For other uses, see Trust
"Family Tree" (1904), which depicts how the largest trusts at the turn of the 20th century were in turn connected to each other.
In the broader sense of the term, relating to trust law
, a trust is a centuries-old legal arrangement whereby one party conveys legal possession and title of certain property to a second party, called a trustee. While that trustee has ownership, s/he cannot use the property for herself, but holds it 'in trust' for the well-being of a beneficiary. Trusts are commonly used to hold inheritances for the benefit of children and other family members, for example. In business, such trusts, with corporate entities as the trustees, have sometimes been used to combine several large businesses in order to exert complete control over a market,
which is how the narrower sense of the term grew out of the broader sense.
The OED dates use of the word "trust" in a financial sense from 1825.
Corporate trusts came into use as legal devices to consolidate power in large American corporate enterprises.
In January 1882, Samuel C. T. Dodd
, Standard Oil's General Solicitor, conceived of the corporate trust to help John D. Rockefeller
consolidate his control over the many acquisitions of Standard Oil
, which was already the largest corporation in the world.[failed verification]
The Standard Oil Trust formed pursuant to a "trust agreement" in which the individual shareholders of many separate corporations
agreed to convey their shares to the trust; it ended up entirely owning 14 corporations and also exercised majority control over 26 others.
Nine individuals held trust certificates and acted as the trust's board of trustees.
One of those trustees, Rockefeller himself, held 41% of the trust certificates; the next most powerful trustee held only about 12%.
This kind of arrangement became popular and soon had many imitators.
An 1888 article explained the difference between trusts in the traditional sense and the newfangled corporate trusts:
A trust is ... simply the case of one person holding the title of property, whether land or chattels, for the benefit of another, termed a beneficiary. Nothing can be more common or more useful. But the word is now loosely applied to a certain class, of commercial agreements and, by reason of a popular and unreasoning dread of their effect, the term itself has become contaminated. This is unfortunate, for it is difficult to find a substitute for it. There may, of course, be illegal trusts; but a trust in and by itself is not illegal: when resorted to for a proper purpose, it has been for centuries enforced by courts of justice, and is, in fact, the creature of a court of equity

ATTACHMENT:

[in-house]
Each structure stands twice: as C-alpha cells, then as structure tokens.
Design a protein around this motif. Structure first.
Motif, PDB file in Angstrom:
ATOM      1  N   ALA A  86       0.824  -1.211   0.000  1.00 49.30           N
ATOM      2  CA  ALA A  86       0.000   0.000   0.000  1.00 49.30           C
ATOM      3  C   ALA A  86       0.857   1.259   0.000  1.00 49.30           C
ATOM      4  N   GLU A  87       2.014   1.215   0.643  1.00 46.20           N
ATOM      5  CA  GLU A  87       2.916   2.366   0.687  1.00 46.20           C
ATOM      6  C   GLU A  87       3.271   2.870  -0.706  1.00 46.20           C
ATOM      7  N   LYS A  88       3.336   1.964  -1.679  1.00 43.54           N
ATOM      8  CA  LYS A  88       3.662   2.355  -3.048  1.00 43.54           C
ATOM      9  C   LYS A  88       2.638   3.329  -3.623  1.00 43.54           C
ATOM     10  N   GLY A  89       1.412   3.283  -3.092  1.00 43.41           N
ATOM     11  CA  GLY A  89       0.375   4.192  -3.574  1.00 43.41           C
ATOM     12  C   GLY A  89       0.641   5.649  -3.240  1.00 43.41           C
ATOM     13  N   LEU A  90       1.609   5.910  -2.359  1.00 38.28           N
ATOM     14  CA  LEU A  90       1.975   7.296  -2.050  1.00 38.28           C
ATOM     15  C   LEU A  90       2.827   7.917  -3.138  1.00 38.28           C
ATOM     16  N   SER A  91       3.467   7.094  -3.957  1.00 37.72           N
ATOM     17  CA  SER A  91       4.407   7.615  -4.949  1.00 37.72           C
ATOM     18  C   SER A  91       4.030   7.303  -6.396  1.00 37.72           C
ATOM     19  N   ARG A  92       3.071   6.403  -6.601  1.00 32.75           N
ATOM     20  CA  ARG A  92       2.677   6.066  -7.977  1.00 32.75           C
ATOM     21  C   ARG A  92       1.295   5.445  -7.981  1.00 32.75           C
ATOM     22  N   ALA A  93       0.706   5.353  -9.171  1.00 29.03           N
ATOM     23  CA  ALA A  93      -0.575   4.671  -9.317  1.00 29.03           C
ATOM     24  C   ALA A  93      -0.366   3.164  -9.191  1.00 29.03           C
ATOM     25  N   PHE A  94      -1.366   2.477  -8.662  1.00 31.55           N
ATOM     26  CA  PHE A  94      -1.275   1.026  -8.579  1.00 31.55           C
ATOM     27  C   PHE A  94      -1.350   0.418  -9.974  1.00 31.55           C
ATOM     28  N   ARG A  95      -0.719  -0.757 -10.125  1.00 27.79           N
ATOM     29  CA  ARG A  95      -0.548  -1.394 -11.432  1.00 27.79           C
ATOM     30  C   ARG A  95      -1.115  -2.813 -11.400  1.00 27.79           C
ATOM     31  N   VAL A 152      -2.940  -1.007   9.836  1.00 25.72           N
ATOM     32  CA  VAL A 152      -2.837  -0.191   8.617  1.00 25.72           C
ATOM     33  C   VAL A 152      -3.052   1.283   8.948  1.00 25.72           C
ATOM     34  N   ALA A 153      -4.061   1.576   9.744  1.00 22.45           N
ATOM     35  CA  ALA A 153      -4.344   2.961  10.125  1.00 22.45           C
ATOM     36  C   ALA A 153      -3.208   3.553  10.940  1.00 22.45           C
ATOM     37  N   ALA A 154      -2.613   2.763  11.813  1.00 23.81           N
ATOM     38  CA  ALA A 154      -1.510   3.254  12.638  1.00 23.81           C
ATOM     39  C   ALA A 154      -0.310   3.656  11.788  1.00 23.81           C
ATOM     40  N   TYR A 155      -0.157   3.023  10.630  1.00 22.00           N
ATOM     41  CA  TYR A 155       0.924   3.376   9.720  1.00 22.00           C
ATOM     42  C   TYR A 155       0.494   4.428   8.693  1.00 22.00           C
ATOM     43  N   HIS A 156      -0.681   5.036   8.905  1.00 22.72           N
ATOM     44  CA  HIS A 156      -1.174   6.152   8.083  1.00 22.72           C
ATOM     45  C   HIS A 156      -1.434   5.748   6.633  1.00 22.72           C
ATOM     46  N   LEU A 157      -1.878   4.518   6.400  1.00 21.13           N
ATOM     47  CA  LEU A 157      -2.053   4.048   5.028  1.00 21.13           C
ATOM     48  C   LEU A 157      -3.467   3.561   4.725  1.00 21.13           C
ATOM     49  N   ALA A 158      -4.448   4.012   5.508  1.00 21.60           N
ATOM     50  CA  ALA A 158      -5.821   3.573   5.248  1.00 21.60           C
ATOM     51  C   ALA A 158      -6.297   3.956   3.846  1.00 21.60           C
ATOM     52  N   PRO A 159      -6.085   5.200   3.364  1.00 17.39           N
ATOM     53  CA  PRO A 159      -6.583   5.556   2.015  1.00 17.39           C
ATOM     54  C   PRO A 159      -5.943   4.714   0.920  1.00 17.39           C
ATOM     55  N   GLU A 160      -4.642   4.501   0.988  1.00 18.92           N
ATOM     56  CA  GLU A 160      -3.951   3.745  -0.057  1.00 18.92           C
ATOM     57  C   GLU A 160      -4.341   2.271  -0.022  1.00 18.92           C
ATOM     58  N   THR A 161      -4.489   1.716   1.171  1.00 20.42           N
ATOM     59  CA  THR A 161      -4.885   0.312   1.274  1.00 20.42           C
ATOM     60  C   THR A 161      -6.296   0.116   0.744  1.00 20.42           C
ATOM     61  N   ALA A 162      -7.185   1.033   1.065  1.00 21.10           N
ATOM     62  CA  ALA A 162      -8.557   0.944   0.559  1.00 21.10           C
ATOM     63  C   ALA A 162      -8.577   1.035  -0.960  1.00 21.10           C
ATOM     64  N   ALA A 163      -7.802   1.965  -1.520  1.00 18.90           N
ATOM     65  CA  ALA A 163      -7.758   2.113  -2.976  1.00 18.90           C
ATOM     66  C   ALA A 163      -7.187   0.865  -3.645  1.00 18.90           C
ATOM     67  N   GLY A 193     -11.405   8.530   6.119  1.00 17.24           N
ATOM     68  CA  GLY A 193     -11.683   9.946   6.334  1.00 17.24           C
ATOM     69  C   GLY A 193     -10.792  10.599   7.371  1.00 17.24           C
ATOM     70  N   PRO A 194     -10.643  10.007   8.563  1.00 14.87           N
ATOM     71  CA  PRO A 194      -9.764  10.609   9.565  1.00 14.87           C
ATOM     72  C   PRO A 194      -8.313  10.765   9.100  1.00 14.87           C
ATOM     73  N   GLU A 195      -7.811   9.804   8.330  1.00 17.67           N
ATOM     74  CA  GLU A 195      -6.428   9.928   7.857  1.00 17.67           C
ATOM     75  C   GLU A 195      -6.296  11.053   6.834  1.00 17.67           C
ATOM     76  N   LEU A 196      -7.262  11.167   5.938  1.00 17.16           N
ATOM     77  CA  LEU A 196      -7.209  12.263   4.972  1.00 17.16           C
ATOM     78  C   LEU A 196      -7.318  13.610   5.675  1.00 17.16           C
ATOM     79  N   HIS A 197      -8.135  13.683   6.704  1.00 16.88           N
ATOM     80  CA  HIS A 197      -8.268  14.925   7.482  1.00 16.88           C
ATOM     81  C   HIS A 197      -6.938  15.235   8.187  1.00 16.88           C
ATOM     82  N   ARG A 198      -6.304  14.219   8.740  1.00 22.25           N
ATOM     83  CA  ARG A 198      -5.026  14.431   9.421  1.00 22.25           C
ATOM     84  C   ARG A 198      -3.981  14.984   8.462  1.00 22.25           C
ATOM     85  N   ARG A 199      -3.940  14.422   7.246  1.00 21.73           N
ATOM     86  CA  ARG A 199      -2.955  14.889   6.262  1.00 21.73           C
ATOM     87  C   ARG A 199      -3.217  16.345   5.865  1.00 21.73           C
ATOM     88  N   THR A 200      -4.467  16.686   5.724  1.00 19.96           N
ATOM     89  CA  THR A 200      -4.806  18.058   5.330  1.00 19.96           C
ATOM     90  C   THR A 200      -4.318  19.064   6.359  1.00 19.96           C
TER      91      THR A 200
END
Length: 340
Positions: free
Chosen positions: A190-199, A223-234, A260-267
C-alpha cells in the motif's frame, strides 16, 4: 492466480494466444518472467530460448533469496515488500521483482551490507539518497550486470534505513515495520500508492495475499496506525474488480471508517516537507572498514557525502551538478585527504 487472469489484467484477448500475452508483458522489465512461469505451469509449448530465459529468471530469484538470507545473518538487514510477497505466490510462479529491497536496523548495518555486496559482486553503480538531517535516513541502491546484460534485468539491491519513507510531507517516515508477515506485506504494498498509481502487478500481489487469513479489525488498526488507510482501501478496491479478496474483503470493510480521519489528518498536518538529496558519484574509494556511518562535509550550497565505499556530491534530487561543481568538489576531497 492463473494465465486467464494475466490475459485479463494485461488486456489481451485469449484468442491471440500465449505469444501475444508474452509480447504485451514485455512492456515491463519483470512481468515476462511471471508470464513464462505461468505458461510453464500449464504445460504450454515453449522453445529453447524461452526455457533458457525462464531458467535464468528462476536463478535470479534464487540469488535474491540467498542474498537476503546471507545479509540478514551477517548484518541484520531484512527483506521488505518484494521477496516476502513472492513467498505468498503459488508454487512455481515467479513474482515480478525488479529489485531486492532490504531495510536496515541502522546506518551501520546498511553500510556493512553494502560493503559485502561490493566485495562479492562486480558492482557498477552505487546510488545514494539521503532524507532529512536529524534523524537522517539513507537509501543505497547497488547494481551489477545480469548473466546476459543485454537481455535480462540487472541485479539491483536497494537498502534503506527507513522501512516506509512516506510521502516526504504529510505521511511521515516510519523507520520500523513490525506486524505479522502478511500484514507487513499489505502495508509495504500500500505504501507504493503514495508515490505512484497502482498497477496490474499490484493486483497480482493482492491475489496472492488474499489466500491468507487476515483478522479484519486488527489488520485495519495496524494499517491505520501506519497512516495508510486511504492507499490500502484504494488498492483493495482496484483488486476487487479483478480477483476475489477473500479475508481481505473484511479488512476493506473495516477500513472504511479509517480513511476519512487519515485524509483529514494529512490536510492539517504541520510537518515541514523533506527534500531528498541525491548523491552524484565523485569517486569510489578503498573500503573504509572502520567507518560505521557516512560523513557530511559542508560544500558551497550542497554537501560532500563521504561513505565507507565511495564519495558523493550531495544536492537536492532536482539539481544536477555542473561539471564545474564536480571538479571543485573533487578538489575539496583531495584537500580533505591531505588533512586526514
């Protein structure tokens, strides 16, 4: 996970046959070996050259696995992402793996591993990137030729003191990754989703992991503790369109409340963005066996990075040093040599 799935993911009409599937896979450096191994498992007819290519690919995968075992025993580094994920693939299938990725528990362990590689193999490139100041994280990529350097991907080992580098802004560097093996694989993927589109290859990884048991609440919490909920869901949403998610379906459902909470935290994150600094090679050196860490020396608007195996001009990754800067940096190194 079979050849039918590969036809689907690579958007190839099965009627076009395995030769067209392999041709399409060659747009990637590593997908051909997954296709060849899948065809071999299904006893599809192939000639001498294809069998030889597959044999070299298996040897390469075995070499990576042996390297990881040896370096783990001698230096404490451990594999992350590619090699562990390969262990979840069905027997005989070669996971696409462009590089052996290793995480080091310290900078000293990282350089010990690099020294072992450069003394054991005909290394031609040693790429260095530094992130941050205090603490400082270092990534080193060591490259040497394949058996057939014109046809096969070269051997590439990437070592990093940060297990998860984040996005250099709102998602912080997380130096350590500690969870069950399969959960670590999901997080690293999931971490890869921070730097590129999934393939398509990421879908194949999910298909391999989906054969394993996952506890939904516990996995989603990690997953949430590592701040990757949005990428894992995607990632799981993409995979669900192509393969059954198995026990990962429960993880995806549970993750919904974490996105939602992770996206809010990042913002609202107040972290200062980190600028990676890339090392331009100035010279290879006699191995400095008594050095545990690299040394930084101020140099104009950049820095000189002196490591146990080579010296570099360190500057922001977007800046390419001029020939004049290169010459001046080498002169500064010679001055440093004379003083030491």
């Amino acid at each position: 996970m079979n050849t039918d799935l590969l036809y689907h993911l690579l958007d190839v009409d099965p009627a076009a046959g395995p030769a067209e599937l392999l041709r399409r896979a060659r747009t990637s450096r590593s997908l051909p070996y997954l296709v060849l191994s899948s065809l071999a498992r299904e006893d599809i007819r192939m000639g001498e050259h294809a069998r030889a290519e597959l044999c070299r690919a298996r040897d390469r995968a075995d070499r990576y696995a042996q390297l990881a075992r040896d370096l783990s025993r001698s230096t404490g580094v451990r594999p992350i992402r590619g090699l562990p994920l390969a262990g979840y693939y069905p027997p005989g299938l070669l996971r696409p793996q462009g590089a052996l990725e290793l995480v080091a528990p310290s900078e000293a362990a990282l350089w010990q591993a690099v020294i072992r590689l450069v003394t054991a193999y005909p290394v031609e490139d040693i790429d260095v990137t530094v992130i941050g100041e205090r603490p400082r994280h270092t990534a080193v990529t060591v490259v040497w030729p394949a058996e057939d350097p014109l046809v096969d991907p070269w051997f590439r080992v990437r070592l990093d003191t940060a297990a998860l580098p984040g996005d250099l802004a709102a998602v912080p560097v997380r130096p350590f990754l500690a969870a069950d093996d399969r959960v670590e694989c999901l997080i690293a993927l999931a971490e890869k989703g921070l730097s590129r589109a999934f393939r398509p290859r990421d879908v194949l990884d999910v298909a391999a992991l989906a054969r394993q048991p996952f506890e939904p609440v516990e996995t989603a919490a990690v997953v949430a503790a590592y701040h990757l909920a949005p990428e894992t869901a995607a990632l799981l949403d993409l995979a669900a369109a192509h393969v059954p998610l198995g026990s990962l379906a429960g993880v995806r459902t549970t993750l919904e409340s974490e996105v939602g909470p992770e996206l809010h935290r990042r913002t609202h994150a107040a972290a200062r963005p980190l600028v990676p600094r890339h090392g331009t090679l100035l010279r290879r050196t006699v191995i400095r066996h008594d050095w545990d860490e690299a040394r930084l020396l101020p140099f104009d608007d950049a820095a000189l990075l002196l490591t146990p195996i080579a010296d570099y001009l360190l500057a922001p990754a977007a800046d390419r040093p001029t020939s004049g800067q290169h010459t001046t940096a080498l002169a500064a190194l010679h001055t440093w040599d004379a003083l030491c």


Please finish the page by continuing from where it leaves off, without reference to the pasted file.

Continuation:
— Theodore Dwight, Political Science Quarterly 
Octopus representing Standard Oil
with arms wrapped around U.S. Congress and steel, copper, and shipping industries, and reaching for the White House.
Meanwhile, "trust agreements", the legal instruments used to create the corporate trusts, received a hostile reception in state courts
during the 1880s and were quickly phased out in the 1890s in favor of other clever devices like holding companies
for maintaining corporate control.
For example, the Standard Oil Trust terminated its own trust agreement in March 1892.
Regardless, the name stuck, and American competition laws are known today as antitrust laws as a result of the historical public aversion to trusts, while other countries use the term "competition laws" instead.
Prominent trusts included:
had a dominant role in the supply of diamonds.
- ^ [See William L. Letwin, Congress and the Sherman Antitrust Law: 1887-1890, 23 U.Chi.L.Rev 221 (1956)]
- ^ "trust". Oxford English Dictionary (Online ed.). Oxford University Press. (Subscription or participating institution membership required.). "A group of companies, industries, etc., organized to reduce or eliminate competition, or to control production and distribution for their common advantage. Also: spec. such a group with a governing body of trustees holding a majority of the stock of each participating company, and therefore having a controlling vote in their conduct."
- ^ a b c d e f g h Barak Orbach and Grace E. Campbell Rebling, "The Antitrust Curse of Bigness", 85 S. Cal. L. Rev. 605 (2012). "In 1882 Standard Oil's General Solicitor invented the corporate trusts that inspired the birth of the antitrust discipline."
- ^ Compare: Orbach, Barak; Campbell Rebling, Grace E. (2012-05-17). "The Antitrust Curse of Bigness" (PDF). Southern California Law Review (published 2012). 85 (605): 610. Retrieved 2018-04-05. Standard Oil continued expanding uninterruptedly, but state laws and organizational complexities made its size an impediment. Samuel Calvin Tait Dodd, who served as Standard Oil's general solicitor from 1881 to 1905,[...] devised a solution. He created a legal instrument to manage size — the 'trust.'[...] In January 1882, Dodd converted the common-law apparatus to a corporate device that would promote the accumulation of capital and managerial efficiency.
- ^ Dwight, Theodore (1888). "The Legality of "Trusts"". Political Science Quarterly. 3: 592.
- ^ Moody. "Standard Oil Company. 'The Oil Trust'". The Truth About The Trusts. pp. 109–132.
- ^ Moody. "United States Steel Corporation. 'The Steel Trust'". The Truth About The Trusts. pp. 133–204.
- ^ Moody. "Consolidated Tobacco Company and Affiliated Corporations. 'The Tobacco Trust'". The Truth About The Trusts. pp. 69–96ff.
- ^ Moody. "International Mercantile Marine Company. 'The Shipping Trust'". The Truth About The Trusts. pp. 97–107.
Last edited on 14 January 2021, at 00:34
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